Creating Progress at Scale: How Trusted Tech is Transforming Government

Creating Progress
Creating Progress

The private sector has witnessed a dramatic acceleration in the pace of digital transformation over the last two years, driven in large part by the pandemic. Businesses everywhere are using new technologies to become more resilient and adaptable and to scale innovation. Governments are also embracing digital transformation to proactively meet the enormous challenges they face, from contending with changes in population demographics, to massive cyberattacks, climate change, or threats to economic growth.

To speed the pace of their efforts, governments must not only embrace the right technologies, but also partner effectively with the private sector to accelerate scientific discovery, strengthen cybersecurity, and enhance digital trust. Only in this way can we generate viable solutions to the most difficult problems that threaten global progress. Fortunately, we are at a unique moment when the convergence of three computing revolutions – hybrid cloud, artificial intelligence, and quantum – is putting these solutions within reach.

Hybrid cloud allows businesses and governments to leverage the full power of cloud computing by operating safely wherever they compute: on premise, at the ‘edge’ of the network, on any cloud, from any vendor. It is also key to scaling their use of AI, which can be used to unlock the value of their data and automate tasks so that their people can shift to higher-value work. For example, the Egyptian Ministry of Finance is working with IBM to automate its tax system with hybrid cloud and AI, improving customer experience and revenue governance.

With quantum computing, we will be able to simulate the behavior of matter down to the atomic level, rather than relying on mere guesswork. This will allow organizations to solve problems that even today’s fastest supercomputers cannot. These include developing more accurate climate models, accelerating drug discovery, and creating vastly more efficient batteries. Significant engineering advances are being made today to make quantum more practical tomorrow.

At IBM, we are promoting new models of public-private partnership to harness the combined capabilities of hybrid cloud, AI and quantum. These ‘Discovery Accelerators’ are hubs for advancing scientific breakthroughs in specific fields of research, supported by academic, government, and industry partners.

We opened the first Discovery Accelerator last year with The Cleveland Clinic, one of the premier health care institutions in the United States. As part of this collaboration, we’ll install our first private-sector quantum system in the U.S. on Cleveland Clinic’s campus. We’re doing the same with the government of Québec in Canada as well as placing quantum computers in Japan, Germany and South Korea. Through this collaborative model, we anticipate accelerating discoveries up to ten times faster and at ten times less the cost than in the past.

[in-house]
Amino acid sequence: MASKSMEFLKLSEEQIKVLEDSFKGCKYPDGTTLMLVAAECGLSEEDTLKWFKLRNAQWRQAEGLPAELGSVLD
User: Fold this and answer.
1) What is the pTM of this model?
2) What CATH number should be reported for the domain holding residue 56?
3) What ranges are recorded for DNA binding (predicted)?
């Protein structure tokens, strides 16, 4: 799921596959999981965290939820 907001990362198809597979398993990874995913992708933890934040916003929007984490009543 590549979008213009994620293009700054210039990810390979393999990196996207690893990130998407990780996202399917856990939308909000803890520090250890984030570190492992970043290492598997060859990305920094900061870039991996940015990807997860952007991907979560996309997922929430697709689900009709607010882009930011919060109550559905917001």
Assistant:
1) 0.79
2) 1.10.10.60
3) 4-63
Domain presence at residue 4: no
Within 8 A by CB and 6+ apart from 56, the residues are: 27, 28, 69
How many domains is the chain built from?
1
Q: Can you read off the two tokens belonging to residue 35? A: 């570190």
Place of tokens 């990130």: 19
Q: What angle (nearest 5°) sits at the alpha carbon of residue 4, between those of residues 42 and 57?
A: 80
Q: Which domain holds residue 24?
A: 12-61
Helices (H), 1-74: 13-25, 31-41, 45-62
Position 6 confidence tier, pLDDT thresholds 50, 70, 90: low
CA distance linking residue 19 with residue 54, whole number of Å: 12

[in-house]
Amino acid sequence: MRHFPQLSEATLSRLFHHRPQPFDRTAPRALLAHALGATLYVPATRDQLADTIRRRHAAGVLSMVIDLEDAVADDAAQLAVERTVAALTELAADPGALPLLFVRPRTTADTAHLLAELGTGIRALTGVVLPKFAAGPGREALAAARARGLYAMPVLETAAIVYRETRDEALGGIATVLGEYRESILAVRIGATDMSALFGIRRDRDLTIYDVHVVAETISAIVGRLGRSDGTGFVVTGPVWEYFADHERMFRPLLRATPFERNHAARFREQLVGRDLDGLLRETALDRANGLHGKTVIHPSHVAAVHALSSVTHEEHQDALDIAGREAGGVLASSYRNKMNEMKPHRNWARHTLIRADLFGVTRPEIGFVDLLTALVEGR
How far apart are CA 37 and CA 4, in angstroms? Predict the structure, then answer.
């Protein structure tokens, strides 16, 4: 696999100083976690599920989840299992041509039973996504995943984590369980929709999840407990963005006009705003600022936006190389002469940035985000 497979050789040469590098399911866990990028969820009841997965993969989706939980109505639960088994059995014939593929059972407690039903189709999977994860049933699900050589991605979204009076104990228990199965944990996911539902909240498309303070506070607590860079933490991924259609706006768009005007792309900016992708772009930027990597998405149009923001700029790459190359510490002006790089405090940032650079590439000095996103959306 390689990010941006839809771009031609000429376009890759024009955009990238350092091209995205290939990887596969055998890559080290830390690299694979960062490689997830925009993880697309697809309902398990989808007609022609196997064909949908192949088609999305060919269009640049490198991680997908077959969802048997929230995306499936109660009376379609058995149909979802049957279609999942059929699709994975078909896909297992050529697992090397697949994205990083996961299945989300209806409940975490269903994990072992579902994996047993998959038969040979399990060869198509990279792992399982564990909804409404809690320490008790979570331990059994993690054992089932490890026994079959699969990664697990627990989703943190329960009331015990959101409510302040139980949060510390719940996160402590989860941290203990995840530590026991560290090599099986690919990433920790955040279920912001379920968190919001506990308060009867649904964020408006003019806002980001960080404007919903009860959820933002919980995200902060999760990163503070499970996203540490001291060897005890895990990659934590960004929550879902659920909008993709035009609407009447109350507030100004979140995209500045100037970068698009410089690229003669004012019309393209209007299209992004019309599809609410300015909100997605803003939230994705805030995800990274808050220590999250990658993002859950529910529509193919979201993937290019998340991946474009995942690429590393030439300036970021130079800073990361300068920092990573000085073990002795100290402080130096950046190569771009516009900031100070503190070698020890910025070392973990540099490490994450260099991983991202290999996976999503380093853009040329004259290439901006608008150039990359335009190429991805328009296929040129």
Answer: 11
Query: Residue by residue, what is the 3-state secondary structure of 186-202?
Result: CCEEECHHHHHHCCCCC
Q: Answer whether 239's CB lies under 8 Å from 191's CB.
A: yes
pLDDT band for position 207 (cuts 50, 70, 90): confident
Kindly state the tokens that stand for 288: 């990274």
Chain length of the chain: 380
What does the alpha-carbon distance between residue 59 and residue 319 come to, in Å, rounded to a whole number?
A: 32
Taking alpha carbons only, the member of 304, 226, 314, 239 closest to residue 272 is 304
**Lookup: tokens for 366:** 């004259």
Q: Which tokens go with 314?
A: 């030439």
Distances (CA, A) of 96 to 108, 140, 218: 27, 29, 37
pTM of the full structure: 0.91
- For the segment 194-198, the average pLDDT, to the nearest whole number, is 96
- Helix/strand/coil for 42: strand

Governments are also leveraging the power of these revolutionary technologies to strengthen cybersecurity. Cybercrime is the issue of this decade, costing billions of dollars and rising each year. Organizations are using hybrid cloud to integrate the many different security tools they use to defend themselves today. They are combining this with AI’s proven ability to analyze threat information at scale to stay safer. For example, the Port of Los Angeles, which is responsible for twenty percent of the cargo that comes into the United States, is working with IBM to build a Port Cyber Resilience Center that will utilize hybrid cloud and AI to automate intelligence from multiple sources, assess threats, and share data securely with the port’s many stakeholders.

Another emerging area of security concern for governments is the potential for quantum computing to crack complex encryption through its superior capacity to factor large numbers. While this threat is still several decades away, it’s vital that governments prepare for it now. Collectively, we can only become secure if new quantum-safe algorithms are part of common security standards. That is why IBM is contributing to a number of open source projects that are working toward this goal and partnering with the public sector to develop quantum-safe cryptography.

Such work is essential because the backbone of digital infrastructure is trust. Governments today must support innovation while delivering the highest standards of security, privacy, data protection and compliance. Open, hybrid cloud platforms help organizations achieve these standards by integrating their private, public, and managed cloud services without being restricted by a single provider. Hybrid cloud makes it possible to scale the application of AI -- and soon, quantum computing -- across entire organizations. This, in turn, will lead to more secure and trusted service and performance in areas such as digital citizenship services. In the United Arab Emirates, the Emirate of Ajman is using IBM cloud solutions to simplify and enhance citizen experiences through a paperless strategy known as Digital Ajman, which has generated significant cost savings while reducing environmental impact.   

I have never been more optimistic about the ability of technology to help solve the world’s hardest problems. IBM stands ready to partner with the attendees of the World Government Summit to create progress for decades to come.


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